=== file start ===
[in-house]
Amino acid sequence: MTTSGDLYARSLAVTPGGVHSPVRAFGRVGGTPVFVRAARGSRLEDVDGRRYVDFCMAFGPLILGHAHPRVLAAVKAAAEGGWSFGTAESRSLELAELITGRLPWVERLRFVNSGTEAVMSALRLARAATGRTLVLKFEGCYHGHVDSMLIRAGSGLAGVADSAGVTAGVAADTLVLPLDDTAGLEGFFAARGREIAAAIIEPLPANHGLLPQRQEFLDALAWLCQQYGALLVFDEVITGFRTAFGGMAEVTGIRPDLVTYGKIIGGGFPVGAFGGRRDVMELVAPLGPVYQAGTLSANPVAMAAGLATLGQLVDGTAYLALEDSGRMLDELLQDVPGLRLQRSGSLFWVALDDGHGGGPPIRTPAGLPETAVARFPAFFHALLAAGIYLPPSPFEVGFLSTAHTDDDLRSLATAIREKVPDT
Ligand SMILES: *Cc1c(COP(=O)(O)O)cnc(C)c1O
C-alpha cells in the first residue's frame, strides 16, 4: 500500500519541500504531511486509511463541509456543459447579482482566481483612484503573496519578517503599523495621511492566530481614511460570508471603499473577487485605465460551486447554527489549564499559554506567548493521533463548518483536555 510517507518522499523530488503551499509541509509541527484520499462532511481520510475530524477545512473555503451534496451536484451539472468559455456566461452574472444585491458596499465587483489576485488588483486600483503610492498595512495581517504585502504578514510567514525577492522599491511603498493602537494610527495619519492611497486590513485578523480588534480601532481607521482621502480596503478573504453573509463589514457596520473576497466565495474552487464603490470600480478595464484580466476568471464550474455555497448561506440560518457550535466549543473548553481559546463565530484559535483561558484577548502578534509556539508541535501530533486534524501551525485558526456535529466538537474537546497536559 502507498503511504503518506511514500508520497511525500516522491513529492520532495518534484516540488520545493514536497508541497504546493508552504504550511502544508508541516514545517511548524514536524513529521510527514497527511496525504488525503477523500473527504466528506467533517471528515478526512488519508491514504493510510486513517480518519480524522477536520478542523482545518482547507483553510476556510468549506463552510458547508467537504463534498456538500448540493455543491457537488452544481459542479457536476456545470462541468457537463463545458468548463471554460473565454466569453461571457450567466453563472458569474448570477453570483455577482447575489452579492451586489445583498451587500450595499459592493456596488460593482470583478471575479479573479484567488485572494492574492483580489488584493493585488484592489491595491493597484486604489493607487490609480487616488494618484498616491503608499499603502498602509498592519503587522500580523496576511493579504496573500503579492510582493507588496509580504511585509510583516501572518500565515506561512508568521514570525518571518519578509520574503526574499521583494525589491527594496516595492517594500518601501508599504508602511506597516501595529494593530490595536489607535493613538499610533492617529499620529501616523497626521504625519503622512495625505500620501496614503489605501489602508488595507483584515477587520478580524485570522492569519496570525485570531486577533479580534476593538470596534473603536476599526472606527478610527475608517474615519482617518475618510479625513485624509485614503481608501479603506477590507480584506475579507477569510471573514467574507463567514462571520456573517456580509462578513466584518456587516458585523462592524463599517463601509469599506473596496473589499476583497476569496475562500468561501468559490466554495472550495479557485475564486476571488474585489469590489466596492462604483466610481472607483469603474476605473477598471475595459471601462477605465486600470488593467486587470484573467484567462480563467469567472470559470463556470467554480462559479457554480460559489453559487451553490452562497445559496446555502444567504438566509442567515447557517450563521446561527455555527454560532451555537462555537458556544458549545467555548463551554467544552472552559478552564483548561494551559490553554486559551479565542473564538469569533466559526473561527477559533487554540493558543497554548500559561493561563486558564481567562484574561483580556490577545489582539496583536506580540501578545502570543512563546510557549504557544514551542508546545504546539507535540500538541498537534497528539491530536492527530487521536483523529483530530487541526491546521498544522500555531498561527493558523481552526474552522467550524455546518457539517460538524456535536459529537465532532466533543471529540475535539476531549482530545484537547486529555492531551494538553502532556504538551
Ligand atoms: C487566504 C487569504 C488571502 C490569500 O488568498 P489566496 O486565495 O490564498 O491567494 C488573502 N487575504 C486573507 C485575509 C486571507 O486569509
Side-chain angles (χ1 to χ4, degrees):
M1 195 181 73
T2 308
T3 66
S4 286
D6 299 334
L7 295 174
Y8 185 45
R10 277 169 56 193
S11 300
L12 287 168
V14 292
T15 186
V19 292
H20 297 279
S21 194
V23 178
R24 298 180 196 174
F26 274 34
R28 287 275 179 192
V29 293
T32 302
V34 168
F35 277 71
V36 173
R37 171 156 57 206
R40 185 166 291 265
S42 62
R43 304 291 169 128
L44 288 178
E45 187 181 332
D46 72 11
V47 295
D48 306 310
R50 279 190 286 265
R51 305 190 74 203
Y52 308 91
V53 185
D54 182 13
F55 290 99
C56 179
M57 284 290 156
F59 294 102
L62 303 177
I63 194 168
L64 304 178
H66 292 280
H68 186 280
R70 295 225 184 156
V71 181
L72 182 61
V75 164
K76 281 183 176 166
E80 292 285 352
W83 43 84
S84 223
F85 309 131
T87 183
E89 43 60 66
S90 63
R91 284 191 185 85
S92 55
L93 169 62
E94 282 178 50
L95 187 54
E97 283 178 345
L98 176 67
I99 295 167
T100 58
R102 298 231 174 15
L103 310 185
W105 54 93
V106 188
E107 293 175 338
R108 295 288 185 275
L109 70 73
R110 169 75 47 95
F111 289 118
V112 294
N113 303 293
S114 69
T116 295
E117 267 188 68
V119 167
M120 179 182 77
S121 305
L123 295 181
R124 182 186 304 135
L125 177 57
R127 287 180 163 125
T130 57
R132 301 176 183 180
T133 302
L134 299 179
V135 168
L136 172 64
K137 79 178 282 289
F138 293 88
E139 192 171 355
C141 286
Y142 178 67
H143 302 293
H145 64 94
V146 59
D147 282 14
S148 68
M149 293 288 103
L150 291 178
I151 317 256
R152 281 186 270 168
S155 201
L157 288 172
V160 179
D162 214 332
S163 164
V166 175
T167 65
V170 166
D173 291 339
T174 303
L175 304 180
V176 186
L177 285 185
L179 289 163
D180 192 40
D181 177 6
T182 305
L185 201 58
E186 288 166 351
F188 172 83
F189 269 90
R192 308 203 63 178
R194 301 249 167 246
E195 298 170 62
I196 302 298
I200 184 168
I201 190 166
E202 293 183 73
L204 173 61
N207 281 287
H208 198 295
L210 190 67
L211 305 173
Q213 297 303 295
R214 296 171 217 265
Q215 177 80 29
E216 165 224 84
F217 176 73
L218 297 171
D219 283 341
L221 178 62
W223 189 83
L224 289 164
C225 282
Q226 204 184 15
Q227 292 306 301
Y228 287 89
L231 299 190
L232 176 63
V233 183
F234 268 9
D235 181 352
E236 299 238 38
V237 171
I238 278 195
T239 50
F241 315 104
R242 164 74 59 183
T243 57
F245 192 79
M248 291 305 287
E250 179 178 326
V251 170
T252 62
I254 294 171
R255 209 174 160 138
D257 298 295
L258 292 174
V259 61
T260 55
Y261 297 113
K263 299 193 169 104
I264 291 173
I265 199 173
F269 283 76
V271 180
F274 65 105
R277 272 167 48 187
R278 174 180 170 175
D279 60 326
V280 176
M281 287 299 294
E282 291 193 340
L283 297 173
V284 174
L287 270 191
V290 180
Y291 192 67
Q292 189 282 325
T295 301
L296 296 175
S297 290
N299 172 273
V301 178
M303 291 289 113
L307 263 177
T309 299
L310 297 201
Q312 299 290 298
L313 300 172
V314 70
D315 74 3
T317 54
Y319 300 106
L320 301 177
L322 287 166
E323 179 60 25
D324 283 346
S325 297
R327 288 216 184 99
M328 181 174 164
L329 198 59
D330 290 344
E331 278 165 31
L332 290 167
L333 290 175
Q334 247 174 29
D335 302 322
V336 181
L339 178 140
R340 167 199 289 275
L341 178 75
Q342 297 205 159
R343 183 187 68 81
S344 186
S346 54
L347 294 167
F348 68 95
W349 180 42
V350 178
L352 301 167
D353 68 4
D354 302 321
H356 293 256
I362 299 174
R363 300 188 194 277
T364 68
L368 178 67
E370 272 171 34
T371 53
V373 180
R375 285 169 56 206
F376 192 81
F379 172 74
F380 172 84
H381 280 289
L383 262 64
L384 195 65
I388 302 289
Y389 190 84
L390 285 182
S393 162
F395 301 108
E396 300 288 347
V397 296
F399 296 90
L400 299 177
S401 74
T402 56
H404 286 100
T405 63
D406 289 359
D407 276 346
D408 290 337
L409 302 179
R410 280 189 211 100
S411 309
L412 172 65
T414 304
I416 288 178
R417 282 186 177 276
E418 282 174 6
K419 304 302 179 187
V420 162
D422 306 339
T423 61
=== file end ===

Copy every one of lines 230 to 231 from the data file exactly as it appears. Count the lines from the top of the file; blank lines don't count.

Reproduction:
L332 290 167
L333 290 175